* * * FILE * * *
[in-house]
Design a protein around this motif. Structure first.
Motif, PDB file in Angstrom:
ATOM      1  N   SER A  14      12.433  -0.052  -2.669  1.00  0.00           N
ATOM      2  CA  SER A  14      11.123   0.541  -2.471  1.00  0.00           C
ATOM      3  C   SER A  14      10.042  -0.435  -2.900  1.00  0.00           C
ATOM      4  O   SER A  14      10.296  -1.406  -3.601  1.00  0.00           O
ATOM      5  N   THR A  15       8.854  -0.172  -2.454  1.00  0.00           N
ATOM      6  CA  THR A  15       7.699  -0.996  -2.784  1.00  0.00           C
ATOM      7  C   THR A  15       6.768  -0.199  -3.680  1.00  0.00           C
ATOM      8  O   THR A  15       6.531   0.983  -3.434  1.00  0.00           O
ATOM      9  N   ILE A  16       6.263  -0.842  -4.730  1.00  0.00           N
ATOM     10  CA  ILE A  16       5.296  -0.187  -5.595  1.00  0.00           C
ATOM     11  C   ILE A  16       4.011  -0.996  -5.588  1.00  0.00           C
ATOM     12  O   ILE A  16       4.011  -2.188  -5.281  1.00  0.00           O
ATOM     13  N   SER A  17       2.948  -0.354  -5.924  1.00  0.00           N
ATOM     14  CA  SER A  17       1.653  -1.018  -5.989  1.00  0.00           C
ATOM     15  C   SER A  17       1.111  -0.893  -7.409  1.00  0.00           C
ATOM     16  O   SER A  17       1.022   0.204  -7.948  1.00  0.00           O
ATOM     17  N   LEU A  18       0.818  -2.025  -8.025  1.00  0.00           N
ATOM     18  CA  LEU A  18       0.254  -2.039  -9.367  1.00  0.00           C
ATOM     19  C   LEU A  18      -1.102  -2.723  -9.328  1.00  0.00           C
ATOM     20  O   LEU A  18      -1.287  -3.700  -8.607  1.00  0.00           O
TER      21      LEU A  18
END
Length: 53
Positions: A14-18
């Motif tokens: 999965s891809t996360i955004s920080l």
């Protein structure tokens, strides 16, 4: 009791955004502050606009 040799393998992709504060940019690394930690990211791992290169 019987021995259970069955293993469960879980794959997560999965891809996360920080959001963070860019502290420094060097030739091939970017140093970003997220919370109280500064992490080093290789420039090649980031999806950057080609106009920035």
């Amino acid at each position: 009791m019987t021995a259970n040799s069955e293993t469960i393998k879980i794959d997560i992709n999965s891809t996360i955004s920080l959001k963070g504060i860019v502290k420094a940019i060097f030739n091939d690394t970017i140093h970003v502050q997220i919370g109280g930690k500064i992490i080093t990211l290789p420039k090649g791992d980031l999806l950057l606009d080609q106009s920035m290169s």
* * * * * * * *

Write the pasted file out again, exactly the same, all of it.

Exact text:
[in-house]
Design a protein around this motif. Structure first.
Motif, PDB file in Angstrom:
ATOM      1  N   SER A  14      12.433  -0.052  -2.669  1.00  0.00           N
ATOM      2  CA  SER A  14      11.123   0.541  -2.471  1.00  0.00           C
ATOM      3  C   SER A  14      10.042  -0.435  -2.900  1.00  0.00           C
ATOM      4  O   SER A  14      10.296  -1.406  -3.601  1.00  0.00           O
ATOM      5  N   THR A  15       8.854  -0.172  -2.454  1.00  0.00           N
ATOM      6  CA  THR A  15       7.699  -0.996  -2.784  1.00  0.00           C
ATOM      7  C   THR A  15       6.768  -0.199  -3.680  1.00  0.00           C
ATOM      8  O   THR A  15       6.531   0.983  -3.434  1.00  0.00           O
ATOM      9  N   ILE A  16       6.263  -0.842  -4.730  1.00  0.00           N
ATOM     10  CA  ILE A  16       5.296  -0.187  -5.595  1.00  0.00           C
ATOM     11  C   ILE A  16       4.011  -0.996  -5.588  1.00  0.00           C
ATOM     12  O   ILE A  16       4.011  -2.188  -5.281  1.00  0.00           O
ATOM     13  N   SER A  17       2.948  -0.354  -5.924  1.00  0.00           N
ATOM     14  CA  SER A  17       1.653  -1.018  -5.989  1.00  0.00           C
ATOM     15  C   SER A  17       1.111  -0.893  -7.409  1.00  0.00           C
ATOM     16  O   SER A  17       1.022   0.204  -7.948  1.00  0.00           O
ATOM     17  N   LEU A  18       0.818  -2.025  -8.025  1.00  0.00           N
ATOM     18  CA  LEU A  18       0.254  -2.039  -9.367  1.00  0.00           C
ATOM     19  C   LEU A  18      -1.102  -2.723  -9.328  1.00  0.00           C
ATOM     20  O   LEU A  18      -1.287  -3.700  -8.607  1.00  0.00           O
TER      21      LEU A  18
END
Length: 53
Positions: A14-18
């Motif tokens: 999965s891809t996360i955004s920080l």
């Protein structure tokens, strides 16, 4: 009791955004502050606009 040799393998992709504060940019690394930690990211791992290169 019987021995259970069955293993469960879980794959997560999965891809996360920080959001963070860019502290420094060097030739091939970017140093970003997220919370109280500064992490080093290789420039090649980031999806950057080609106009920035």
């Amino acid at each position: 009791m019987t021995a259970n040799s069955e293993t469960i393998k879980i794959d997560i992709n999965s891809t996360i955004s920080l959001k963070g504060i860019v502290k420094a940019i060097f030739n091939d690394t970017i140093h970003v502050q997220i919370g109280g930690k500064i992490i080093t990211l290789p420039k090649g791992d980031l999806l950057l606009d080609q106009s920035m290169s």